• Around 25,000 investors and potential investors linked with Bezop.io, the organization behind the Bezop cryptocurrency, had their personal details leaked due to an unsecured Mongo database. The personal information included names, addresses, encrypted passwords, wallet information, scanned passports, and copies of driver’s license. Bezop immediately secured the data after being notified.
  • Around two million UK banking customers experienced trouble using their accounts after an IT upgrade went wrong. Customers were also able to access other users’ savings and business accounts. The Financial Conduct Authority (FCA) and the Information Commissioner’s Office(ICO) are said to be investigating the incident.

New Threats


Talking about threats, researchers found Operation GhostSecret targeting global facilities and Rubella Macro Builder crimeware kit being used for campaign attacks. In other news, researchers unearthed Crossrider Variant and a new botnet family known as SquirtDanger was discovered.  

  • Dubbed Operation GhostSecret, a global data-stealing campaign has been discovered by McAfee security researchers, targeting several industries including critical infrastructure, entertainment, finance, health care, and telecommunications. The campaign leverages various tools, implants and malware variants associated with the Hidden Cobra hacker group.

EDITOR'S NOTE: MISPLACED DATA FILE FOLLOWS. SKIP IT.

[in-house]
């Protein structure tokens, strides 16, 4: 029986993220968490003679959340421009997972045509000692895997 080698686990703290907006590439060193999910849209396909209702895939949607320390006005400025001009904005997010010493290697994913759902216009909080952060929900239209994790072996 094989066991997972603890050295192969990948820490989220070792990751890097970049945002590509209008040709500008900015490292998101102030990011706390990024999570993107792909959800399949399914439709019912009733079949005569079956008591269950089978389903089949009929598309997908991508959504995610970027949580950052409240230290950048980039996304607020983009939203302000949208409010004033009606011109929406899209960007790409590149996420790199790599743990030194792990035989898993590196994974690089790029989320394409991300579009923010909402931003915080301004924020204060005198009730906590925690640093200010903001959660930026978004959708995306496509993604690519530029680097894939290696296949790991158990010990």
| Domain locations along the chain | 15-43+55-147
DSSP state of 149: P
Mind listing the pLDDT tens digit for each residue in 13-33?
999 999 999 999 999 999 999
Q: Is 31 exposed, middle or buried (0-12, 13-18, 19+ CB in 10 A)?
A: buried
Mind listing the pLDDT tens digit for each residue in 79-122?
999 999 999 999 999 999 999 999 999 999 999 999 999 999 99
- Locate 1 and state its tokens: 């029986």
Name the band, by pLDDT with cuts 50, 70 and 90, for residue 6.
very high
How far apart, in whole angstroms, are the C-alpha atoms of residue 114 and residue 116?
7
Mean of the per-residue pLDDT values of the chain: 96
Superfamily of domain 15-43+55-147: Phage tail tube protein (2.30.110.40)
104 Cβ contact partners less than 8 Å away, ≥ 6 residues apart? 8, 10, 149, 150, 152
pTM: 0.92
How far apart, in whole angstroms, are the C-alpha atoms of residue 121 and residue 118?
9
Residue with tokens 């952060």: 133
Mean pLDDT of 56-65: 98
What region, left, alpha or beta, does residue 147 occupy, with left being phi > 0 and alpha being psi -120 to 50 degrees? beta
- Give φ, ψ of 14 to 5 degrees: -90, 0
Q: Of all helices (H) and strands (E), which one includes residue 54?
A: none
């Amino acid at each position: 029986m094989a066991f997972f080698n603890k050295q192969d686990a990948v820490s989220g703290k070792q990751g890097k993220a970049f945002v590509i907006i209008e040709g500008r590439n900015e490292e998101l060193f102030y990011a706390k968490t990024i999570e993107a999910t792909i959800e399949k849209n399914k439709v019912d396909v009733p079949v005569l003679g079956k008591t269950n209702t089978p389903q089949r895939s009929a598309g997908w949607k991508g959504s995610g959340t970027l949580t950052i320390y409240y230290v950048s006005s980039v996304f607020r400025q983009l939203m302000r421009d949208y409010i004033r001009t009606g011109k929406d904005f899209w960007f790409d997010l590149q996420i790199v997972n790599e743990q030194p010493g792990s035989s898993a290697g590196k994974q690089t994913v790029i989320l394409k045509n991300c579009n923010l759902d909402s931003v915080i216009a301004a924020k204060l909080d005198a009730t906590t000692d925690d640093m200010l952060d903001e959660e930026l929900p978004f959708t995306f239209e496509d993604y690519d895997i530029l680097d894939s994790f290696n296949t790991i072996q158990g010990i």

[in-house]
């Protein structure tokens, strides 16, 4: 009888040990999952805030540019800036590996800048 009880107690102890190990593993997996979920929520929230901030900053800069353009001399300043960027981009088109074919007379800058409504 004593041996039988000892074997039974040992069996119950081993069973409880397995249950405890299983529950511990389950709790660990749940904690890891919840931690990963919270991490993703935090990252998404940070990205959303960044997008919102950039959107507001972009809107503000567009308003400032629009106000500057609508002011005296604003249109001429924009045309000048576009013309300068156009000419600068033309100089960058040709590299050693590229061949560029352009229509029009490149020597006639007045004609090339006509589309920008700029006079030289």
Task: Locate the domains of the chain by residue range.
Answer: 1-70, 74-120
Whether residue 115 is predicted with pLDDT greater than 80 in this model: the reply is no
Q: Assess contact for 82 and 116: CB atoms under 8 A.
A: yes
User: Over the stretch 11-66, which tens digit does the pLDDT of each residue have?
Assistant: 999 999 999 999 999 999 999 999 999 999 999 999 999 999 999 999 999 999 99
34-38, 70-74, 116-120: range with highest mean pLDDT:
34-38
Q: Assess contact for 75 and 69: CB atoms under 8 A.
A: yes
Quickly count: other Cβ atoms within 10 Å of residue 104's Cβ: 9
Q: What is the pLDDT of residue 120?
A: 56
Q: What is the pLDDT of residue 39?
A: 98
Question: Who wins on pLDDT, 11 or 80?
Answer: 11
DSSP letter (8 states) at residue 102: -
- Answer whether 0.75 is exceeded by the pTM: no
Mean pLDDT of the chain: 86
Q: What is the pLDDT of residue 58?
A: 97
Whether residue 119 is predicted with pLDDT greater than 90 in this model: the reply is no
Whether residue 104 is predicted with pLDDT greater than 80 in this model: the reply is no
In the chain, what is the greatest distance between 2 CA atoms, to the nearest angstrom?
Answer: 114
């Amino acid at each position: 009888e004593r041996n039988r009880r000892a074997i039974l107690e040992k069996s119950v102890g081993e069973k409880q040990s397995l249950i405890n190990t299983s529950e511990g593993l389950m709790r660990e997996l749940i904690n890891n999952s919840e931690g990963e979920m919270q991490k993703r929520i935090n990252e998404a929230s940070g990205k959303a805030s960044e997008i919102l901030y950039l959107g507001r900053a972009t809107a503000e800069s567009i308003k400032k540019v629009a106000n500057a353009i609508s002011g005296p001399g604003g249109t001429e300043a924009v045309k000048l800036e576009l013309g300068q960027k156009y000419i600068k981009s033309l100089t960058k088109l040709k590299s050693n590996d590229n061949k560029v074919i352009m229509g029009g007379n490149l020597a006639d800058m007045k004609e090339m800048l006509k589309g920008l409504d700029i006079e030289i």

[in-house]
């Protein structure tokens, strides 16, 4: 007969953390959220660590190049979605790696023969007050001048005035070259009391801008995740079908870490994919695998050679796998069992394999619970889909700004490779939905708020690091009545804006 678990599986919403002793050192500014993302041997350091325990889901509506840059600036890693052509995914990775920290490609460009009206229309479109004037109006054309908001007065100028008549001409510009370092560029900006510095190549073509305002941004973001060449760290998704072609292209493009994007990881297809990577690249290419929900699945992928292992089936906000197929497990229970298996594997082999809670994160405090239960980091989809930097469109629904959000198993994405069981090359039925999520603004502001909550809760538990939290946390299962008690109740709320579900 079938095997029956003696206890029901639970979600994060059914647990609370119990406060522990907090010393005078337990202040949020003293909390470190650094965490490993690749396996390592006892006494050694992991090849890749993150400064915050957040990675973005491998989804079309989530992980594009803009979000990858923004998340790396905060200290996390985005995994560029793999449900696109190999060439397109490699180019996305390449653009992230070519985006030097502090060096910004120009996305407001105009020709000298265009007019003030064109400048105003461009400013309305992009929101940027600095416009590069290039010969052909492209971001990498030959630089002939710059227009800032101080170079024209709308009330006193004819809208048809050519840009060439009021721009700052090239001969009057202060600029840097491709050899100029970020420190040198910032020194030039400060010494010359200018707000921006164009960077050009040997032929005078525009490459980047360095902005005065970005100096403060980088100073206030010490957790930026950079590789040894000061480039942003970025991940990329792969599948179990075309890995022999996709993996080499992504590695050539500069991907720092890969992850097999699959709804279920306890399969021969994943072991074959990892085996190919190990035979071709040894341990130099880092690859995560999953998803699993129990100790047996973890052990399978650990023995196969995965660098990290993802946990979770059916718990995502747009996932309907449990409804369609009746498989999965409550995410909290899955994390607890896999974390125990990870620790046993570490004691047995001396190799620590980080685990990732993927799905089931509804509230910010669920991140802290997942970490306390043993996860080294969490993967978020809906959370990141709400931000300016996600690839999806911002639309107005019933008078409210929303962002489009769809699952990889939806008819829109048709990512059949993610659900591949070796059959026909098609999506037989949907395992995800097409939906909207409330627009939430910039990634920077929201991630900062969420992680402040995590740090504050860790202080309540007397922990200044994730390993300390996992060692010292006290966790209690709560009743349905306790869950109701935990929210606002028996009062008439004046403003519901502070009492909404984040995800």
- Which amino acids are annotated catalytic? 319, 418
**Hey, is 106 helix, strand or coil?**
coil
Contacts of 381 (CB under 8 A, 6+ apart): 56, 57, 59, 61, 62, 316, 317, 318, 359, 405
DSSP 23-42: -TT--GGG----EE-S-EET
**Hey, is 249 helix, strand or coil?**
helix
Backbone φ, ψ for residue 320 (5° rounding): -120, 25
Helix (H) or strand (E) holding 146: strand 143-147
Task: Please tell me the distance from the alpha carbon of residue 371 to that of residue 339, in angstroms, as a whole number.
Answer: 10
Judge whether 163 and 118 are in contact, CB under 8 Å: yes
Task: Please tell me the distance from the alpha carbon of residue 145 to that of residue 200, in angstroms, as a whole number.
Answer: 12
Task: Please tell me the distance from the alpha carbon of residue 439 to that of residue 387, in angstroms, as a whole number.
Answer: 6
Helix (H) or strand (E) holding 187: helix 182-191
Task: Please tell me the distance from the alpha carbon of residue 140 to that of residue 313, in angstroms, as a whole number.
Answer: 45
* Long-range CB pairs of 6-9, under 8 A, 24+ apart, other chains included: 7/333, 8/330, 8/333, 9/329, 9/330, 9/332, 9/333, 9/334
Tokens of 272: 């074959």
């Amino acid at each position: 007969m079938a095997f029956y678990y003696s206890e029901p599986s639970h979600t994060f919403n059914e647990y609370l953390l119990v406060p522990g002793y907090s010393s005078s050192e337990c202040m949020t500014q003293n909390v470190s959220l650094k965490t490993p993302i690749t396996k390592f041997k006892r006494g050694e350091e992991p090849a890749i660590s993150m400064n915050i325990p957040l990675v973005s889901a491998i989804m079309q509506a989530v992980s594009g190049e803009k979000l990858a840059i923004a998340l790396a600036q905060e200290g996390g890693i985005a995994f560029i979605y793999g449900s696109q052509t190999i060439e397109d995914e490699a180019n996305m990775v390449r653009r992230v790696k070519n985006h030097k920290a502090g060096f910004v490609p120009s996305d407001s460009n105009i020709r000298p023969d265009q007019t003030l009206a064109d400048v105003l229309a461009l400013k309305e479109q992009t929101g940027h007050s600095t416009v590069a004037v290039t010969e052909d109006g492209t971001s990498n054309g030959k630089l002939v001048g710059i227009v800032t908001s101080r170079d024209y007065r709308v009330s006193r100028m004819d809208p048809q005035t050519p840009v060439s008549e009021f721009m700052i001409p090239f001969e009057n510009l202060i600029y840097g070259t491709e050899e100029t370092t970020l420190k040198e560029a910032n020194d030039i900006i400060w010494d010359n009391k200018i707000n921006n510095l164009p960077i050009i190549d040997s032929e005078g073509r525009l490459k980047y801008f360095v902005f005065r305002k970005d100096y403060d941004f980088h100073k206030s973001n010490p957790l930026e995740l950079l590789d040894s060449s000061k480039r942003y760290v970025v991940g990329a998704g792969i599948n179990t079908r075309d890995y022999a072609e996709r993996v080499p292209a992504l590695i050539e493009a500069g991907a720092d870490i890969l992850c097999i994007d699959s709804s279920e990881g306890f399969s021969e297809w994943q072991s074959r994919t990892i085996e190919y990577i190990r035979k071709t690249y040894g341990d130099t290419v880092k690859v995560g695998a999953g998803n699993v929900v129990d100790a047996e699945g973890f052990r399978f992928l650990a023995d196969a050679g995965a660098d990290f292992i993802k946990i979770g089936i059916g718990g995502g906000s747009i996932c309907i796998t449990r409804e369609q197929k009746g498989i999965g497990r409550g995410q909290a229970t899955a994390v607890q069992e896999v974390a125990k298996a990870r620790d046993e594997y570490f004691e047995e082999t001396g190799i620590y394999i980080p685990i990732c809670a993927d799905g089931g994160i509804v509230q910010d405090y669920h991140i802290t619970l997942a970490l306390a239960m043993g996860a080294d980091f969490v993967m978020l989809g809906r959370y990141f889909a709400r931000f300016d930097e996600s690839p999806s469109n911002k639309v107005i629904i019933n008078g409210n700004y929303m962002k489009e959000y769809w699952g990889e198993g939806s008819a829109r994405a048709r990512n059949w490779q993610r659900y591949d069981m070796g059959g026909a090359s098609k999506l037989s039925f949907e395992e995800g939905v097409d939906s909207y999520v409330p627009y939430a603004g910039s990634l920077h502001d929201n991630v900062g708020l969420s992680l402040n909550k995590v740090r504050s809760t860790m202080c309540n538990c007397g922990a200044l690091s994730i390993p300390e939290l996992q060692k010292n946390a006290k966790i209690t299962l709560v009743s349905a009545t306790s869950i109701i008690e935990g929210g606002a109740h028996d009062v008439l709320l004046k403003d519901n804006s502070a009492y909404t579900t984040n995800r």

• A new variant of the Crossrider variant has been spotted attacking Mac devices disguising itself as a fake Adobe Flash Player installer. The configuration of the variant forces Safari and Chrome to redirect users to a page on chumsearch[dot]com. Unfortunately, this cannot be changed in the browser settings. The profile can be found by opening System Preferences, then clicking the Profiles icon.
  • Unit 42, Palo Alto Networks' threat research arm has discovered the author behind the new botnet malware family SquirtDanger. The Russian hacker, TheBottle, is found to be associated with these attacks. The malware is capable of conducting several actions including taking screenshots, clearing browsing cookies, steal stored information, upload/download files etc.
  • Three new malware variants associated with the APT34 hacker group have been discovered by a threat hunt team. The hacker group is believed to be operating since at least 2014, and uses BONDUPTATER (used to download software) and POWRUNER (used as a backdoor to exploit software vulnerabilities).
  • A new and advanced phishing kit, currently available in Brazil, is being analyzed by Check Point Researchers and a cyber intelligence company, CyberInt. The new kit is believed to be an epitome of the next generation in phishing architecture, as it makes for an even easier set-up and a more convincing fake website. The phishing kit generally targets online shoppers and aims at stealing users’ personal details and credit card information.
  • Members of the top-tier Russian hacking forum have started using the crimeware kit, dubbed the Rubella Macro Builder. The kit is cheap, fast and can bypass basic antivirus detections. The crimeware kit is being distributed via Microsoft Word or Excel email attachments.